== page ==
And every day, while his world crashed down around him and he logged one failure after another, he saw these words written so many years earlier in his journal:

He who gives back at the first repulse and without striking the second blow despairs of success has never been, is not, and never will be a hero in war, love, or business.

It took a decade of despairing blows before he finally started to get it right.

And then that bit of success seemed like a stroke of luck.

He started hauling a cooler of ice into the eating area at the boarding house and convincing his roommates to try their first iced beverage. At first they laughed him off, but then they started clamoring for more.

And that was the spark that changed everything.

It was all-out hustle. He and his salesmen would travel the country convincing bars to experiment with chilled beverages to see which would sell better. They even went so far as to offer some bars free ice for a year.

He taught restaurants how to use his ice to make ice cream.

He pioneered the practice of chilling meat, fruits, and vegetables to ship them longer distances. He convinced doctors and hospitals to use ice to cool down feverish patients.

He developed an insulated ice house that kept his product cold by trapping a layer of air between two stone walls. He put those houses in Savannah, Charleston, New Orleans, Havana, Rio de Janeiro, Bombay, Madras, and Calcutta — literally, all over the world.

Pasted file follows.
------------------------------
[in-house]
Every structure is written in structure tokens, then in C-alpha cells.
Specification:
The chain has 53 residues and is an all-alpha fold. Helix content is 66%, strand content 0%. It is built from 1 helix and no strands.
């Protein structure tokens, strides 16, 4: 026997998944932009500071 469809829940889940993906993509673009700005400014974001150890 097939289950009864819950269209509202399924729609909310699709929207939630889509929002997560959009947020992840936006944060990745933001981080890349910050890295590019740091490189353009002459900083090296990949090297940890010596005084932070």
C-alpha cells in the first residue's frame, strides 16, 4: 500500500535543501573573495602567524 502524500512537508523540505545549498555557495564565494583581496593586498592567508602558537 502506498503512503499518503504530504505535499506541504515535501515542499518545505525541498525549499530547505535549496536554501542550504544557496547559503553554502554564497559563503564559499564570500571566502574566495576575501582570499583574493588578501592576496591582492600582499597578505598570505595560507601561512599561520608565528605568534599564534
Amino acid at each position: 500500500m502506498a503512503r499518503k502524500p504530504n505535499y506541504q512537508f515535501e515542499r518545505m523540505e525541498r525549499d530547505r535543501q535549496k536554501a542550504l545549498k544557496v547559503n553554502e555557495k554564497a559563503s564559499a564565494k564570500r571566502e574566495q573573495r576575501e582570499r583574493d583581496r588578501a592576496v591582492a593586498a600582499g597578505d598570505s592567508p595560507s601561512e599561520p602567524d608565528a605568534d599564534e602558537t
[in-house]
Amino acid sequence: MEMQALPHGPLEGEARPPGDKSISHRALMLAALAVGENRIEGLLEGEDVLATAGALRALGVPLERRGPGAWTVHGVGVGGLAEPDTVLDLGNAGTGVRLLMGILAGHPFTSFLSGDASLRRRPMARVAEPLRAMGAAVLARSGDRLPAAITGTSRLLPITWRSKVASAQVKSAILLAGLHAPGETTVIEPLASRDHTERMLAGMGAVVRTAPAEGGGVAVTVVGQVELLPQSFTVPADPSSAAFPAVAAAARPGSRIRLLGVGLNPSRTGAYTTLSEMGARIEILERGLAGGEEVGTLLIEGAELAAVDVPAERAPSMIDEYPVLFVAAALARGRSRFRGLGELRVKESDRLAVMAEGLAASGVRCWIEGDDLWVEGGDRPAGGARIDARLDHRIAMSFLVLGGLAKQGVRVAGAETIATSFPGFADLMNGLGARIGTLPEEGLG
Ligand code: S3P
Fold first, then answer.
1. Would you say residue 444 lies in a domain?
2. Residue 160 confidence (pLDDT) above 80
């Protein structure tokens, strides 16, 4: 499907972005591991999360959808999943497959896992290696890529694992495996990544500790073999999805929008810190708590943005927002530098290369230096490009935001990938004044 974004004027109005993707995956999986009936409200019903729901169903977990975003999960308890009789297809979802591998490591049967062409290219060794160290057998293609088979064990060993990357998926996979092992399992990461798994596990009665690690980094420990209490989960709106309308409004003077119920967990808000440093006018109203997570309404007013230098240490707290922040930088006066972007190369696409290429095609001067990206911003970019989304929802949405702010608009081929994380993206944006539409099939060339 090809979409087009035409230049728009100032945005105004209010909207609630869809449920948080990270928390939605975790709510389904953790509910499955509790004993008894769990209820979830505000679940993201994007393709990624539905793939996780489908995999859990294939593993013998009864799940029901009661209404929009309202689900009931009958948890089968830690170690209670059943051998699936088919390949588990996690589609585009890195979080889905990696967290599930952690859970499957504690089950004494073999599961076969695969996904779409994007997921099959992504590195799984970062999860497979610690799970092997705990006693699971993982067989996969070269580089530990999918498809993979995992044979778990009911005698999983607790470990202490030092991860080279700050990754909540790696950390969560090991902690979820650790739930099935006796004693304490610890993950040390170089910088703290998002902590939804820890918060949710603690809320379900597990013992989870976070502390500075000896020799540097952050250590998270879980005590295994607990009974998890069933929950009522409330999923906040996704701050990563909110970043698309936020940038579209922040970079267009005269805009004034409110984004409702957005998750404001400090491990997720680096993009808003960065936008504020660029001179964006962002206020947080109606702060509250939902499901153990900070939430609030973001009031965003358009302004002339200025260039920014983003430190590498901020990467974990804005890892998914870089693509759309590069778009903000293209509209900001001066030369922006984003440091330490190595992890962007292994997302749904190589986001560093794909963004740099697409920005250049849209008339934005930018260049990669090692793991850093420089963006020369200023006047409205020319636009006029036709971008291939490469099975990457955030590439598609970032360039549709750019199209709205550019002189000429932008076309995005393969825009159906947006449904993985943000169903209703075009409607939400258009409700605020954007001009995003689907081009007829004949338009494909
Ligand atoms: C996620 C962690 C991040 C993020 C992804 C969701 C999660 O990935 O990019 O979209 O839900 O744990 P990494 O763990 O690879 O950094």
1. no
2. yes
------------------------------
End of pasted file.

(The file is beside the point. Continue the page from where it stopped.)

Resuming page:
He continued to perfect his process, harvesting ice in ways that produced more uniform ice bricks, allowing them to be stacked tighter and higher. Some as high as 80 feet tall.

With that hustle came the success he envisioned so many years earlier.

People began to want cold drinks. Queen Elizabeth herself refused to drink any other kind of ice but Frederic’s.

By 1856, Frederic was at the center of an industry that was shipping 140,000 tons of ice to China, Brazil, Japan, India, Australia, and 38 other countries.

He became known around the world as the “Ice King”. He had fought his way from debtor’s prison to a fortune worth over $200 million dollars in today’s money.

And all because of a single sentence penciled into his journal:

He who gives back at the first repulse and without striking the second blow despairs of success has never been, is not, and never will be a hero in war, love, or business.

“The sweltering inhabitants of Charleston and New Orleans, of Madras and Bombay and Calcutta, drink at my well. The pure Walden water is mingled with the sacred water of the Ganges,” penned Henry David Thoreau as he watched Frederic’s men harvest the ice on the famous Walden pond.

His ice melted, but not his impact.

The same could be said for you. So don’t give up on your crazy ideas.

Even when people say your idea is stupid.

Even when people tell you to back off, to be reasonable, that it’s okay to “move on”, that “it wasn’t meant to be”.

Even when people tell you “no”. Even when they tell you “no” a second time. And a third time. And a hundred times after that.

Keep fighting. Do the next thing. That ice-cold determination to do whatever it takes for as long as it takes is exactly what it takes.